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Diet Advice for Making Your Muscles Grow

BY: Editors | Jul 13, 2015
Diet Advice for Making Your Muscles Grow

The stereotypical Silicon Valley job might require you to sit in front of a computer for 8–12 hours a day, but that doesn’t mean that the region’s populace isn’t active—and it certainly doesn’t mean San Jose gyms are struggling. Peek into 24 Hour Fitness San Jose at any time day or night and you’re likely to spot members hoisting free weights and straining against TRX equipment. 

But when it comes to building muscle, exercise is only part of the story. It’s just as important to eat a proper diet, one rich in nutrients that help you bulk up and light on foods that hold you back. Here are some of the things your body needs to get bigger.


Like half the body’s dry weight, muscles are largely made of protein, so it makes intuitive sense that protein would be important for muscle growth. Certain proteins do an exceptionally good job of facilitating this: for instance, cottage cheese, eggs, and the protein-powder staple whey contain high levels of leucine, an amino acid that sparks muscle-protein synthesis. It’s also important to note that the body can only process so much protein at a time, so multiple servings throughout the day are better than large amounts all at once.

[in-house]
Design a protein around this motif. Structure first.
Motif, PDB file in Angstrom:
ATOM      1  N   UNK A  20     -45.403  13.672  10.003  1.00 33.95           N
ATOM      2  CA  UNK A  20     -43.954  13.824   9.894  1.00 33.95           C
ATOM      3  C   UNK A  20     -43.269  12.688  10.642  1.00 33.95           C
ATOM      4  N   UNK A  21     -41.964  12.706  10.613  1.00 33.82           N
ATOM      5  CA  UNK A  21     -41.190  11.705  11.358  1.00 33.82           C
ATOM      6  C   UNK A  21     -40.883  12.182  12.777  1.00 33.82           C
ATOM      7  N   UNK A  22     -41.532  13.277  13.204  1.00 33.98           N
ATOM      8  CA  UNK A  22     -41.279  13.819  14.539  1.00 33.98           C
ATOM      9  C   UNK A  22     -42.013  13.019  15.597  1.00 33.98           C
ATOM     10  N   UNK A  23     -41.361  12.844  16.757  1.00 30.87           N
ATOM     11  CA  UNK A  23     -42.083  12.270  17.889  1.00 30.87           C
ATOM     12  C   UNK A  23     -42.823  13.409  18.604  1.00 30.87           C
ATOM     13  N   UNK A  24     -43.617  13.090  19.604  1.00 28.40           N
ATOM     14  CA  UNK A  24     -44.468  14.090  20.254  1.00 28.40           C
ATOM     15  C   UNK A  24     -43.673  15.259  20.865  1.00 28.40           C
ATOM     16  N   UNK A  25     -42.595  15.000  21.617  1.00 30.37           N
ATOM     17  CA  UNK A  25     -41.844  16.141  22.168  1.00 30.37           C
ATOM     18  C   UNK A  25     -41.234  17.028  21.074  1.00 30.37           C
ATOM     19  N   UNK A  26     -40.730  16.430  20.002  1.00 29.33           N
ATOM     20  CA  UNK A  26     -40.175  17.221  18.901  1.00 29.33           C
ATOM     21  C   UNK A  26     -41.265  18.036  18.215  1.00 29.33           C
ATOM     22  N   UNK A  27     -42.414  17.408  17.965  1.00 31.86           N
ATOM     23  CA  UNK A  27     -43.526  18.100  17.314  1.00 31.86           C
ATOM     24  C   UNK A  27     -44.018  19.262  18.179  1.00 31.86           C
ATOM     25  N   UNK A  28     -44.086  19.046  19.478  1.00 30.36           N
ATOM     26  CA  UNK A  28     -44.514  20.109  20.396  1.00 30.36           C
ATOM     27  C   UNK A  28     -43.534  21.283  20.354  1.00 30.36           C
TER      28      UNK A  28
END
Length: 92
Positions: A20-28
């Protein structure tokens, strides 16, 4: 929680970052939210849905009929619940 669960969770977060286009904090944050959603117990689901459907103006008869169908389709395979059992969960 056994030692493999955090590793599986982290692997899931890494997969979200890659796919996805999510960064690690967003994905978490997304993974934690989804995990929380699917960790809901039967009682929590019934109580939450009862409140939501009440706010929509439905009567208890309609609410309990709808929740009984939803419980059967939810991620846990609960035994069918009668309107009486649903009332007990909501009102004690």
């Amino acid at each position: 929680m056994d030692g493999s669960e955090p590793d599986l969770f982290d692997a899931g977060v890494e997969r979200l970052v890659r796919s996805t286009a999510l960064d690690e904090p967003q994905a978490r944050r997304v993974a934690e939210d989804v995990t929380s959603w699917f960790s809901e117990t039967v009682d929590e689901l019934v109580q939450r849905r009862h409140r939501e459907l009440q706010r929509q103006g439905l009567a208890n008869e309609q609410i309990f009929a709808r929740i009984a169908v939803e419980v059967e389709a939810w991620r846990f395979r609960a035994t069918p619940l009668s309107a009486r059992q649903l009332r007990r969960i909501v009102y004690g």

At the same time, you don’t want to force your body to rely solely on protein to meet its energy needs as you work out. For that, you’ll want lots of carbohydrates so your body has fuel to burn without sapping your developing muscles. That’s why many nutritionists recommend snacking on foods with easily digestible carbs—think bananas, whole-grain breads, and energy bars—about 30–60 minutes before hitting the gym.

Fruits and Vegetables

Aside from contributing the energy you need for working out, fruits and vegetables can also help build muscle in another way. Or rather, they can help keep the muscle you’ve already built from wasting away. That’s because the potassium found in foods like potatoes, spinach, and (again) bananas counteracts the incremental buildup of acids in the body—acids that trigger loss of muscle tissue, especially as we age.


Fats are only necessary in moderation. After all, when the body is performing high-intensity, resistance-based exercise such as weightlifting, it bypasses fat in the body’s pantry and reaches for carbohydrates first. It’s also a bad idea to load up on fatty foods before you exercise. Since the body processes fats relatively slowly, they may cause you to feel lethargic or even cramp up during your routine.